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Words Matter…

Great leaders don’t lie and categorize/label whole groups of people as bad. Do great presidents? What we have going on right now is a bit surreal and worthy of debate.  Regardless of your support or hate for President Trump, the question I am asking is — are the POTUS’s words having a negative impact on society?

I’m quite surprised that more CEOs, organizational scientists, executive coaches, and leadership development consultants are not broadly discussing the consequences to society of poor ‘Integrity and Honesty’ and ‘objectifying’ entire groups of people.

In a recent study “Has high ethical and moral standards” was the number one competency expected of a leader. Given the large number of false statements made by the current POTUS and the competency’s recognized importance, I would have expected more of a debate on the subject. I recently read a great book by Dan Ariely, author of The Honest Truth About Dishonesty that leads me to believe that the impact on society is bigger than one would expect.   “Once an environment has had dishonesty introduced, that new normal spreads.” People start thinking things like, “Well, everyone else is doing it”.  “It’s been proven that you can take someone who is basically an honest person, put them into a system where the person running the system is corrupt, and they conform. They cheat more and start stealing. If the leader of the system is saying things are corrupt, the leader sets the tone.” Any good leader knows that if a Sr. manager in an organization is dishonest the managers under that person need to be looked at as well.  What does this say about the future ethics of our executive staff, Congress, and future state/local leadership? If the behavior that at one time made society feel uncomfortable starts appearing reasonable and standards start loosening to fit common, lesser standards, then our society is on the descent.

Here is an example of where lack of ethics takes our society… other leaders failing us: Democrats call out Maxine Waters for encouraging incivility

Now… then there is the ‘objectifying’ large groups of people…  What is the impact on society of the leader of the free world by referring to large groups of people as “rapists” and “terrorists” (some of this can be found here)? Another great book I read long ago is “Leadership and Self Deception: Getting out of the box” by the Arbinger Group.  The essence of the book is that when people categorize others in a society as objects versus human beings with feelings, thoughts, and needs then it’s easier to hurt them.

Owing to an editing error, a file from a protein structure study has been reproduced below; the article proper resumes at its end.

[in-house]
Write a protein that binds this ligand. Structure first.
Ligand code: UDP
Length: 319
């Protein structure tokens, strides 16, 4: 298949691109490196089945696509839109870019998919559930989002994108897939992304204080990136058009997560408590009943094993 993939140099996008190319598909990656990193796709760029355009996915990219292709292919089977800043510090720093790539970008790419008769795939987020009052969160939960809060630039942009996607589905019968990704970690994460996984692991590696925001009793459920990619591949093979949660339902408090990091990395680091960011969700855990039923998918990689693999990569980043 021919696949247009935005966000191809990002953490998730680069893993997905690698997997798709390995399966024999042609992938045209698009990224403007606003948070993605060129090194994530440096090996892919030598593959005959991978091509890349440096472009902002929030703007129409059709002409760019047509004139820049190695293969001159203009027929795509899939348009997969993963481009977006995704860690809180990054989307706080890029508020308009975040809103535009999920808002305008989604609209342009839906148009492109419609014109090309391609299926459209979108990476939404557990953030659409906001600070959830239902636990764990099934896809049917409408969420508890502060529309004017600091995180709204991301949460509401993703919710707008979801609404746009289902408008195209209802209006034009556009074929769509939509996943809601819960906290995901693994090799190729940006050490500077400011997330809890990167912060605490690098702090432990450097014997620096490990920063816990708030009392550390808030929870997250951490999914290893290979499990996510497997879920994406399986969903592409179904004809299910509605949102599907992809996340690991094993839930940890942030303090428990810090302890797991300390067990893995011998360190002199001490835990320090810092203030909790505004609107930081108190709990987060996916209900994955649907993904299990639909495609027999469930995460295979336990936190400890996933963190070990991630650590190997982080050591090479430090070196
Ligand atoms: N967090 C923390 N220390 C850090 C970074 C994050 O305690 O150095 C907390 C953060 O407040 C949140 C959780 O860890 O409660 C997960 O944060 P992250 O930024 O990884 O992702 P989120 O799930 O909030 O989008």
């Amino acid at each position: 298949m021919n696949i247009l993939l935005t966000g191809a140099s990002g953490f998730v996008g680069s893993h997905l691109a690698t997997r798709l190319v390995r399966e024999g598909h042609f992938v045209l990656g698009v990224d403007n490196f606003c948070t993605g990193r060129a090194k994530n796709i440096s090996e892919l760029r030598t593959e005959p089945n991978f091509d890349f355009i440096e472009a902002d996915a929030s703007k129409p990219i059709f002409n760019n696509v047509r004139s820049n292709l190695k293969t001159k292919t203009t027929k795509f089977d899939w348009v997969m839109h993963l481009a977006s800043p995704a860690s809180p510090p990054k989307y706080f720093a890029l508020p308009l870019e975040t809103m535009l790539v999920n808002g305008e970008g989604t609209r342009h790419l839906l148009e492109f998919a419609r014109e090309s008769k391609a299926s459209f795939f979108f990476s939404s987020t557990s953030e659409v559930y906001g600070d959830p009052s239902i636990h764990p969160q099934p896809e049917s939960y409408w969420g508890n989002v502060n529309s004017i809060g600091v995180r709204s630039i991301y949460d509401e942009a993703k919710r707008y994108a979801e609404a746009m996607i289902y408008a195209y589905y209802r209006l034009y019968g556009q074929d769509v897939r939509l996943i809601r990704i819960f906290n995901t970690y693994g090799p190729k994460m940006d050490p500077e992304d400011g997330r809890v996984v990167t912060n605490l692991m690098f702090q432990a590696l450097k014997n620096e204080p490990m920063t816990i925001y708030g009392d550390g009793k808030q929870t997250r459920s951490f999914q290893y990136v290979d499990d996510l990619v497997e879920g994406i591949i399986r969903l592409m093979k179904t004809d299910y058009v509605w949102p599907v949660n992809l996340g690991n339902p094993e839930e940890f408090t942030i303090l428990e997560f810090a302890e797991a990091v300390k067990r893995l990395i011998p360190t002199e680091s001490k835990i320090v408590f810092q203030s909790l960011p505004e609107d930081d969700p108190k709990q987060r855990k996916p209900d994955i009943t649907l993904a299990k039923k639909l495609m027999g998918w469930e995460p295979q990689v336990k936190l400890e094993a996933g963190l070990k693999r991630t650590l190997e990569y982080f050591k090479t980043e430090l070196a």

Here is the result of prominant leaders treating entire groups of people as ‘objects’ versus human beings: Charlottesville: Race and Terror 

Anyone that has ever lead an organization understands that words have a tremendous impact.  Our public sector leaders need to shape up or ship out.

One comment on “Words Matter…

  1. Seymore Butts says:

    Consider the difference between the European and American corporate governance models. The CEO of an European organization would be held to account for managing risk, ethics, compliance and such – accountable to shareholders and to community. The CEO of an European organization would never simultaneously serve in the capacity of the President. The President is responsible for maximizing profitability, which can result from assuming too much risk, unethical action, a state of noncompliance… A strong CEO is the check that the Board (shareholders and community) has on the operations which is lead by the President. When one serves in both capacities simultaneously (as frequently occurs in the American model), profitability will take precedent over risk management, ethics, compliance and the like. To do otherwise would be contrary to the financial interest of the President. For those who quickly would point to the VW diesel engine scandal as evidence of a flawed European governance model, I suggest you read the article below. When was the last time that an American CEO was held to account for the actions of the company he/she oversees? Poor risk management in the American financial services industry nearly collapsed the global economy in 2008, and yet not a single President/CEO found themselves being held to task. Corporate leaders aside, whether you consider our current President/CEO (Mr. Trump) or our members of Congress, governors, mayors, county commissions, school boards … many assume such roles for self-enrichment rather than a sense of duty to country. And they are able to keep these roles because they deliver for those whose money put them there.

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